Associated Launch Sites
Cape Canaveral America's largest launch center, used for all manned launches. Today only six of the 40 launch complexes built here remain in use. Located at or near Cape Canaveral are the Kennedy Space Center on Merritt Island, used by NASA for Saturn V and Space Shuttle launches; Patrick AFB on Cape Canaveral itself, operated the US Department of Defense and handling most other launches; the commercial Spaceport Florida; the air-launched launch vehicle and missile Drop Zone off Mayport, Florida, located at 29.00 N 79.00 W, and an offshore submarine-launched ballistic missile launch area. All of these take advantage of the extensive down-range tracking facilities that once extended from the Cape, through the Caribbean, South Atlantic, and to South Africa and the Indian Ocean. More...
1985 April 12 -
13:59 GMT - .
: Cape Canaveral
. Launch Complex
: Cape Canaveral LC39A
. LV Family
. Launch Vehicle
. LV Configuration
: Space Shuttle STS-23/51-D.
- STS-51-D - .
Call Sign: Discovery. Crew: Bobko; Garn; Griggs; Hoffman; Seddon; Walker; Williams, Donald. Payload: Discovery F04 / Anik C1[PAM-D] / Syncom-4 3 /Orbus. Mass: 16,249 kg (35,822 lb). Nation: USA. Related Persons: Bobko; Garn; Griggs; Hoffman; Seddon; Walker; Williams, Donald. Agency: NASA Houston. Program: STS. Class: Manned. Type: Manned spaceplane. Flight: STS-51-D. Spacecraft: Discovery. Duration: 7.00 days. Decay Date: 1985-04-19 . USAF Sat Cat: 15641 . COSPAR: 1985-028A. Apogee: 535 km (332 mi). Perigee: 445 km (276 mi). Inclination: 28.5000 deg. Period: 94.40 min. Manned seven crew. Payloads: Telesat (Canada communications satellite)-I with Payload Assist Module (PAM)-D deployment, Syncom IV-3 communications satellite deploy-ment with its unique stage (unique stage failed to ignite), Continuous Flow Electrophoresis (CFES), Phase Partitioning Experiment (PPE), student experiments, two getaway specials (GAS) Informal science studies (Toys in Space).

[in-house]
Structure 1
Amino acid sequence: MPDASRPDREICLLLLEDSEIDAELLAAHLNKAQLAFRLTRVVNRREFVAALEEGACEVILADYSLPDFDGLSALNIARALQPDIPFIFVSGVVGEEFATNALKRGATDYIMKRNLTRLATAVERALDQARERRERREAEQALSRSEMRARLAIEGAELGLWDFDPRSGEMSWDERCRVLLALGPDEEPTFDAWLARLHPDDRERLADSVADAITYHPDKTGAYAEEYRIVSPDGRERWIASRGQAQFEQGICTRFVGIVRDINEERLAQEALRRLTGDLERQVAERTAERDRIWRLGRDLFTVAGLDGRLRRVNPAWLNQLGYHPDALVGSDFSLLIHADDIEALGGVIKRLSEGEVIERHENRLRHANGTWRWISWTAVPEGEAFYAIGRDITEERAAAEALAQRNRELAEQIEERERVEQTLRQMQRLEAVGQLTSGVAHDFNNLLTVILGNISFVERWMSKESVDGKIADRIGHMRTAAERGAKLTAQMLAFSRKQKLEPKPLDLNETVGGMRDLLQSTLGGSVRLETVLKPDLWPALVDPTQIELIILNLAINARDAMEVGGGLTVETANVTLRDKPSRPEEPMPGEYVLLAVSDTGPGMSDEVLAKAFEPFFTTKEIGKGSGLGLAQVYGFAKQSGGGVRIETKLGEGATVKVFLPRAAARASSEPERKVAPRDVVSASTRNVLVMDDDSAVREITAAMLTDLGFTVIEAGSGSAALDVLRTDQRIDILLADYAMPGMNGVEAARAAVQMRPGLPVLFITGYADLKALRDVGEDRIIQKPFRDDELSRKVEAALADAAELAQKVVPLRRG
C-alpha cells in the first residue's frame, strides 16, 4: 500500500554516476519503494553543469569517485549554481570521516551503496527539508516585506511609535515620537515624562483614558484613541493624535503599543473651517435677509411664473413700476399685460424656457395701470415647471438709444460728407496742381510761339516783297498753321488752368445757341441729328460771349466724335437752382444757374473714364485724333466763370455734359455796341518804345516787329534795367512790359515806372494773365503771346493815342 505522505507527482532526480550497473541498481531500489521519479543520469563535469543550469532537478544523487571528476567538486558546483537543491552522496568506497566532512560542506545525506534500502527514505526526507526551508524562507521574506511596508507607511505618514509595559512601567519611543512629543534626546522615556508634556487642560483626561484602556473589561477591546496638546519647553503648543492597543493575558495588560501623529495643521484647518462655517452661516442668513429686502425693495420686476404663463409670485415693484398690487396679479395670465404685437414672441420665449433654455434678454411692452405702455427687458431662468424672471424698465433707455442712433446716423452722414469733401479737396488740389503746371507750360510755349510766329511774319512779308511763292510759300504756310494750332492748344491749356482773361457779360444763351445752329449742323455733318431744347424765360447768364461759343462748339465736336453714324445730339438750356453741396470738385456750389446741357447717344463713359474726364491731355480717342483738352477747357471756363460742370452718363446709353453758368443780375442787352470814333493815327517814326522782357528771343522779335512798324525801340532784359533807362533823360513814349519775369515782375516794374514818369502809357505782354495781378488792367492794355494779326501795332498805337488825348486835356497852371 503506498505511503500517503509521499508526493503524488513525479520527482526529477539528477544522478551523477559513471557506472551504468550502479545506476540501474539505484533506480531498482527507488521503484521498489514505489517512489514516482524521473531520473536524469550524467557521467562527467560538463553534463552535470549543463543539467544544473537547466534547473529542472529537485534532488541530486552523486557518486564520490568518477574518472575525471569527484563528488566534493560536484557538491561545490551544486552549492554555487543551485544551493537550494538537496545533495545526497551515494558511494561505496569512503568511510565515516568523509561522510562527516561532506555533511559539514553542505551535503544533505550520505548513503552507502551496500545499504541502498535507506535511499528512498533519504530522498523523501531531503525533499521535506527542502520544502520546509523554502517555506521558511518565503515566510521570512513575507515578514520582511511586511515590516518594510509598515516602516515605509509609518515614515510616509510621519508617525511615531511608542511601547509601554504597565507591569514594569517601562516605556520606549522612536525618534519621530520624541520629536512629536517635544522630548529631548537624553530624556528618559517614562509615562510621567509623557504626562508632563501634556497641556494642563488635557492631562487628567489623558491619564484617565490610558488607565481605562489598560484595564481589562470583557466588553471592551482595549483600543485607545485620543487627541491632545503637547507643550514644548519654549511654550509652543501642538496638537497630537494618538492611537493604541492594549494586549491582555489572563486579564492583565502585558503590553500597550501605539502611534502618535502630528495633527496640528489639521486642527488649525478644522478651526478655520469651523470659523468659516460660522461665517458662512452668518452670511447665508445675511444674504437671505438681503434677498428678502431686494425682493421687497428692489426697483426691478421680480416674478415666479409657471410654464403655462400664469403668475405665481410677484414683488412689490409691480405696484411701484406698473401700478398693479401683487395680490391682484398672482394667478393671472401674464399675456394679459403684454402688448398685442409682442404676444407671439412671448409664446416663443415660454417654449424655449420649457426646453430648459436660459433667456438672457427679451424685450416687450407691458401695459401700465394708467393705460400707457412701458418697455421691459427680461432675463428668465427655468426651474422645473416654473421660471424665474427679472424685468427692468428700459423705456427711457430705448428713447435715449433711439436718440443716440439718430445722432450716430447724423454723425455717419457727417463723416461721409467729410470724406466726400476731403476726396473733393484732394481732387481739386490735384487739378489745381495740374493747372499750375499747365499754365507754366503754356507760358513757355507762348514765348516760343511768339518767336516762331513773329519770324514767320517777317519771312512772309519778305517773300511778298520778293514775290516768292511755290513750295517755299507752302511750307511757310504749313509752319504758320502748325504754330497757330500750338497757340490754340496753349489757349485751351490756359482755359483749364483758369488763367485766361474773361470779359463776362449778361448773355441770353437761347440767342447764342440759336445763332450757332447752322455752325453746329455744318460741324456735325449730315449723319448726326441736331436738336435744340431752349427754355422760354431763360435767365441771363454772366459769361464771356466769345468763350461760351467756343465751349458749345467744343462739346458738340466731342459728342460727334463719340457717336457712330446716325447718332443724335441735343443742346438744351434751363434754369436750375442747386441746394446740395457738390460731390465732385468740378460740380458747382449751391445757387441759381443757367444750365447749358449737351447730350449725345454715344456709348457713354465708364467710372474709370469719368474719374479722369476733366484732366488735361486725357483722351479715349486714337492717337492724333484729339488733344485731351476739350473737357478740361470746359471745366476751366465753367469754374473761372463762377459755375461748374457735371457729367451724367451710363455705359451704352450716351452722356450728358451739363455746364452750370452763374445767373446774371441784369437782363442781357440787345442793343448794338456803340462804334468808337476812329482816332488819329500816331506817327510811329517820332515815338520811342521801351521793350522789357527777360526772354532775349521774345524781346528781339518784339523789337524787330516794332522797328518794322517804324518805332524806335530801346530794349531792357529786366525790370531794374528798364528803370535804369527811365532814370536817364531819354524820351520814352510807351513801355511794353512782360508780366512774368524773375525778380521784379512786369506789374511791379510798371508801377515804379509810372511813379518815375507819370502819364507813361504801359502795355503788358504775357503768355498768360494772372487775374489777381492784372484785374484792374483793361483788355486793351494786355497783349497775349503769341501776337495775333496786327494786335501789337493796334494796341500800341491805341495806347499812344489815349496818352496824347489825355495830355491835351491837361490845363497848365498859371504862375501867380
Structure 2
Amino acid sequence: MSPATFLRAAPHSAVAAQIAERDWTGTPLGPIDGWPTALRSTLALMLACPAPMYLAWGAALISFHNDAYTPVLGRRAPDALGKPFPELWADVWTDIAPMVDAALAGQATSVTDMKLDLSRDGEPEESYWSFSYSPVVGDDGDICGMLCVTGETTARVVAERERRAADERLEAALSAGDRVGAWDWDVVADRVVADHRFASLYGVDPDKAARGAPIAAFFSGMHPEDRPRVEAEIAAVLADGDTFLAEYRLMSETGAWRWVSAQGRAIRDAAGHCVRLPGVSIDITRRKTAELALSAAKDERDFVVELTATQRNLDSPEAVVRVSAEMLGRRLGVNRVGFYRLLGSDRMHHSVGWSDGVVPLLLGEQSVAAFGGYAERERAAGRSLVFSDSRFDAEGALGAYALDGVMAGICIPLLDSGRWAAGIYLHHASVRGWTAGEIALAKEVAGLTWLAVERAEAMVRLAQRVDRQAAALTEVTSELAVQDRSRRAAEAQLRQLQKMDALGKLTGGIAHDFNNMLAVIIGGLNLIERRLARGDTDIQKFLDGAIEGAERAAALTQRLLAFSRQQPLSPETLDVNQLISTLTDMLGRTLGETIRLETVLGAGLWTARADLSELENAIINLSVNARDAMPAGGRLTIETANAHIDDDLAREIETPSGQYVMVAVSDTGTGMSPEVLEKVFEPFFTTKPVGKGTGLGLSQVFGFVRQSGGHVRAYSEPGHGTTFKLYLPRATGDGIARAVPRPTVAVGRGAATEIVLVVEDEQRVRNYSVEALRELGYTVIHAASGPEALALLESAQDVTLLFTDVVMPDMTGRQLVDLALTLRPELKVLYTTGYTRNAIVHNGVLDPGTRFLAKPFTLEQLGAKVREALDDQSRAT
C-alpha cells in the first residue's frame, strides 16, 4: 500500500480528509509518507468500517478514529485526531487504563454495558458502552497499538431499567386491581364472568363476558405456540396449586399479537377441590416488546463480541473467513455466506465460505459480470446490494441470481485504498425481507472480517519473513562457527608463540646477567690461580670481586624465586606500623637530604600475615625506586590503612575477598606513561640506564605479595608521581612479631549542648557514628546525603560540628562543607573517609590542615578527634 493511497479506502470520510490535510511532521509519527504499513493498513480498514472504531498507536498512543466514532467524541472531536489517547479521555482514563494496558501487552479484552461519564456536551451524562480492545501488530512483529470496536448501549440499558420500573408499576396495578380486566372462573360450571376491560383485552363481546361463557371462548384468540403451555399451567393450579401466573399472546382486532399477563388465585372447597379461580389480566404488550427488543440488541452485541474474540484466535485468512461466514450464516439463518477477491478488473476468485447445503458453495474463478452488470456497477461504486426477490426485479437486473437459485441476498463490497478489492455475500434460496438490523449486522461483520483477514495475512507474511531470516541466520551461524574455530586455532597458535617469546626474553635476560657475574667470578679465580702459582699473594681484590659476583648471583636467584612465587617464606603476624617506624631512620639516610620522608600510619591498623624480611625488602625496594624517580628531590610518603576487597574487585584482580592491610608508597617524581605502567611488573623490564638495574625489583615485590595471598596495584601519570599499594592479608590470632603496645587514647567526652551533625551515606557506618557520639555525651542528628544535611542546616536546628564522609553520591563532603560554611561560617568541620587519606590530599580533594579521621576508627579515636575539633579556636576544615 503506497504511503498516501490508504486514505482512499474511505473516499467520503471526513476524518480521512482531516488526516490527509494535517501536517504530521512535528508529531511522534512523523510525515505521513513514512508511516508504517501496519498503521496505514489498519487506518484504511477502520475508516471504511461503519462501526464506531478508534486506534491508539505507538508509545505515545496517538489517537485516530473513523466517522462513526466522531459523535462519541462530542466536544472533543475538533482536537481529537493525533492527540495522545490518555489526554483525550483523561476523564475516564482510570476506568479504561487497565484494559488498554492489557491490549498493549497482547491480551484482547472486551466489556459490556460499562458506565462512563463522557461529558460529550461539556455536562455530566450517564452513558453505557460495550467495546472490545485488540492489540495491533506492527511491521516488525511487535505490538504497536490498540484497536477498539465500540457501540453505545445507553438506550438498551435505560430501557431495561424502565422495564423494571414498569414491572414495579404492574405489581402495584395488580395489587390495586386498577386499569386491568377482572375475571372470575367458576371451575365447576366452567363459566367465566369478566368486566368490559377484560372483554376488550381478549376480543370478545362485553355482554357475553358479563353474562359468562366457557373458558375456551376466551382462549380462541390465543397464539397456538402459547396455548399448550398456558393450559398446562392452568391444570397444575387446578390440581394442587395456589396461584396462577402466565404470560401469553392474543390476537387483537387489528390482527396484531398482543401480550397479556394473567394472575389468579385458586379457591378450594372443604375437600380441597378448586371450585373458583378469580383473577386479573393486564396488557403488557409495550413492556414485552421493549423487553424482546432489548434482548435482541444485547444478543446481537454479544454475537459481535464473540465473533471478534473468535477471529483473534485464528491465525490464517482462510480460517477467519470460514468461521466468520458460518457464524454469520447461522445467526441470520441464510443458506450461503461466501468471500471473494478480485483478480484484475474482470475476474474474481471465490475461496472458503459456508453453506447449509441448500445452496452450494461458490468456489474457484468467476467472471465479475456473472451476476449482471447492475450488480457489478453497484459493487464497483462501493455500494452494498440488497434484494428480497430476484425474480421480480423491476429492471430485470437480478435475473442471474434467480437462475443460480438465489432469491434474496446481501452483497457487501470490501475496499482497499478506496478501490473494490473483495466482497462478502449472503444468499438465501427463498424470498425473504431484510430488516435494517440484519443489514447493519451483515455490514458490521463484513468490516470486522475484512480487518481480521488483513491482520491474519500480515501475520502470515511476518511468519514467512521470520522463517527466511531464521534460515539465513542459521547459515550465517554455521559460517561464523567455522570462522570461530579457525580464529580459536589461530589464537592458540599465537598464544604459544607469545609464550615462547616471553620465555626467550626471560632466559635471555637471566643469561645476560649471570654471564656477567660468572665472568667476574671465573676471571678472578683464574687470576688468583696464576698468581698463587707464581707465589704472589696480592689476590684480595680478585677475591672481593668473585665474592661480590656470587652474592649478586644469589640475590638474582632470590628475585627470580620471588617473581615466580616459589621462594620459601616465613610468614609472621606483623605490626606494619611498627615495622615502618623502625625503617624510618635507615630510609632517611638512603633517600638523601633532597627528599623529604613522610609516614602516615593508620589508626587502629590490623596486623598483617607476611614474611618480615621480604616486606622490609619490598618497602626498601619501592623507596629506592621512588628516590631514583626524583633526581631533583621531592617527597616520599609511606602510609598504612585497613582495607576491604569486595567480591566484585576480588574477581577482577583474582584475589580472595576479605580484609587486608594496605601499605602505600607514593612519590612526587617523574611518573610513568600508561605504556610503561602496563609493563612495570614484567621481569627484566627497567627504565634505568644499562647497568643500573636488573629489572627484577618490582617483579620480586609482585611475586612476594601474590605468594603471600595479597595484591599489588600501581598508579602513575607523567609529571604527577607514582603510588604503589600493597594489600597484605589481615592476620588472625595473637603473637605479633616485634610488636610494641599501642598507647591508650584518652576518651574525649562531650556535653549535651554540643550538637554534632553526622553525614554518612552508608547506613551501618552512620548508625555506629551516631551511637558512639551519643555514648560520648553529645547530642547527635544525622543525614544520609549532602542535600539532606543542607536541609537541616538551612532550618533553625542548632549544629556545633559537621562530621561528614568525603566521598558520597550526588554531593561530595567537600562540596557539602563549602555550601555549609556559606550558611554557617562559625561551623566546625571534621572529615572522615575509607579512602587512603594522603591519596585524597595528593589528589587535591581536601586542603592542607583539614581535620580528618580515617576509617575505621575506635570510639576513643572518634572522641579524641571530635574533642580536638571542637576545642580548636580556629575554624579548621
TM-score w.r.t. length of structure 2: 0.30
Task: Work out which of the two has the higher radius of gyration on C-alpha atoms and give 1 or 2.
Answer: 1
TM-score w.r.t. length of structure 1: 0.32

1985 April 16 -
- EVA STS-51-D-1 - .
Crew: Hoffman; Griggs. EVA Type: Extra-Vehicular Activity. EVA Duration: 0.13 days. Nation: USA. Related Persons: Hoffman; Griggs. Program: STS. Class: Manned. Type: Manned spaceplane. Flight: STS-51-D. Spacecraft: Discovery. Summary: RMS 'Ryswatters' installed..
1985 April 19 -